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Chengdu was not a planned stop on our original Asia itinerary. But when the entry permits for Tibet fell through last week, we had to make some last minute adjustments to the schedule. Changing our flights to skip Lhasa, Tibet and go directly from Beijing to Kathmandu, Nepal meant an overnight layover in Chengdu.
So, as a couple of experienced travelers accustomed to rolling with the punches, we decided to embrace our new stopover and make the best of it. I found a lovely new hotel to check out (the Sheraton Chengdu Lido) and Shannon dove into research on what there was to see and do in Chengdu. We didn’t have much time there, just half a day, but thorough research revealed that there was one adorable attraction not to be missed – the Chengdu Research Base of Giant Panda Breeding.
Just a 30-minute drive outside the city, the Panda research base is a 250-acre refuge for giant pandas and red pandas whose natural habitat in remote bamboo forests in the high mountains is gradually being destroyed. It houses the first giant panda museum in the world, a panda hospital, several panda nurseries and a panda kitchen (fear not, no actual pandas are cooked or participate in the cooking).
But most importantly, it houses dozens of adorable giant pandas and red pandas lounging around and doing adorably-panda-like things like crunching on bamboo rods and awkwardly-lumbering up trees. Shockingly, I’d never actually seen a panda, despite the fact that my own hometown zoo (Zoo Atlanta) is home to several of them. It would appear I don’t get out enough at home.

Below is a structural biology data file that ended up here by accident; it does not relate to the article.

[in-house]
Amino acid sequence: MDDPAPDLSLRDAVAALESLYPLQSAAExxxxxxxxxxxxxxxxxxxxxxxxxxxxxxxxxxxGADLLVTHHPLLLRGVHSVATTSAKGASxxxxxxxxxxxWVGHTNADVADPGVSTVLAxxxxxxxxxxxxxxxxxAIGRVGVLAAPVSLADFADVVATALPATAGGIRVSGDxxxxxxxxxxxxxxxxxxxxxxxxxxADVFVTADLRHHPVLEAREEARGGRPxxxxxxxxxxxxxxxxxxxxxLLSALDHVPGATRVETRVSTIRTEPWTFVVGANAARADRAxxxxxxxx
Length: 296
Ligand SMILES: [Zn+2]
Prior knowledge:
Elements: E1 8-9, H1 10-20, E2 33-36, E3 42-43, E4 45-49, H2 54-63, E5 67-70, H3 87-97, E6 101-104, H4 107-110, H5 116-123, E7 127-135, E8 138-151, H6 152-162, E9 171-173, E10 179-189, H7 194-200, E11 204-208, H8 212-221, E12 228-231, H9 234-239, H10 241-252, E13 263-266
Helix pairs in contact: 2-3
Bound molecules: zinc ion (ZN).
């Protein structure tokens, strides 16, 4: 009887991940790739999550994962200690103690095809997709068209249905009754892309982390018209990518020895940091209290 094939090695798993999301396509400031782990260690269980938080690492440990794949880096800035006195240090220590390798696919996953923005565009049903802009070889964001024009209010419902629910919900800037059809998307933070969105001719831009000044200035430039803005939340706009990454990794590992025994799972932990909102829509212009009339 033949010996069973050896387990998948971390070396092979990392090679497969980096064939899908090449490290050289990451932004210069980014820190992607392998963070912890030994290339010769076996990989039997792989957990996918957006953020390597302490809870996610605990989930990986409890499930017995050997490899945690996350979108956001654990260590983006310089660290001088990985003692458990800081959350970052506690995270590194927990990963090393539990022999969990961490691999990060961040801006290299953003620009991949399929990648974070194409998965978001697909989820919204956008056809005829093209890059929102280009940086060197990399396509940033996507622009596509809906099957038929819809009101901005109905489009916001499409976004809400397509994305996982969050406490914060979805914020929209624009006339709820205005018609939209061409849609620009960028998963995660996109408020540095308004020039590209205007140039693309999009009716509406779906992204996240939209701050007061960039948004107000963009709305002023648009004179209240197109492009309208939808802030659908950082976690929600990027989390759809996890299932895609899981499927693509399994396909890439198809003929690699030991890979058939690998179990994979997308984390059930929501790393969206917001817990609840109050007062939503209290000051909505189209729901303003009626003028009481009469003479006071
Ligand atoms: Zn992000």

We arrived in Chengdu a little after noon and after checking into the Sheraton, quickly beat a path to the research base. We’d read that the morning hours were the best time to visit since the pandas are most active then but with our late arrival we’d have to settle for an afternoon visit.
Unfortunately, due to the afternoon heat, all of the giant pandas had been moved into the air-conditioned comfort of their indoor enclosures by the time we arrived. Lucky pandas.
So we wandered from enclosure to enclosure (sweating, I might add) watching them laze around in the A/C, snack on bamboo, swat each other playfully in the head and gingerly climb up the occasional sturdily-constructed indoor pseudo-tree. We even saw one panda play with a giant disc-shaped ice cube that he seemed to particularly enjoy. Pandas are just cute, there’s no getting around it. And these pandas were definitely living large.
Then we hit upon a bit of luck. Unlike the giant pandas, the red pandas (perhaps considered the red-headed step children of the panda world?) were still outside! I have no idea why the black-and-white giant pandas were treated to climate control while the red pandas sweltered in the heat, theatrically collapsed on tree branches with their tongues hanging out and slurped from their water bowls as if they’d just crossed the Sahara on camel back.
But I’ve no doubt the vets at the panda research base know what they’re doing. I’m just not entirely sure the red pandas are on board. Regardless, it made for some terrific photo ops! Conveniently, red pandas are also super cute.
After a couple of hours of panda viewing, we headed back to the hotel for dinner and called it a night. Chengdu actually looked like a really fun city, I wish we’d had more time to explore it. But again, it’s time to move on. This time, we’re headed out of China and on to Nepal…next stop, Kathmandu!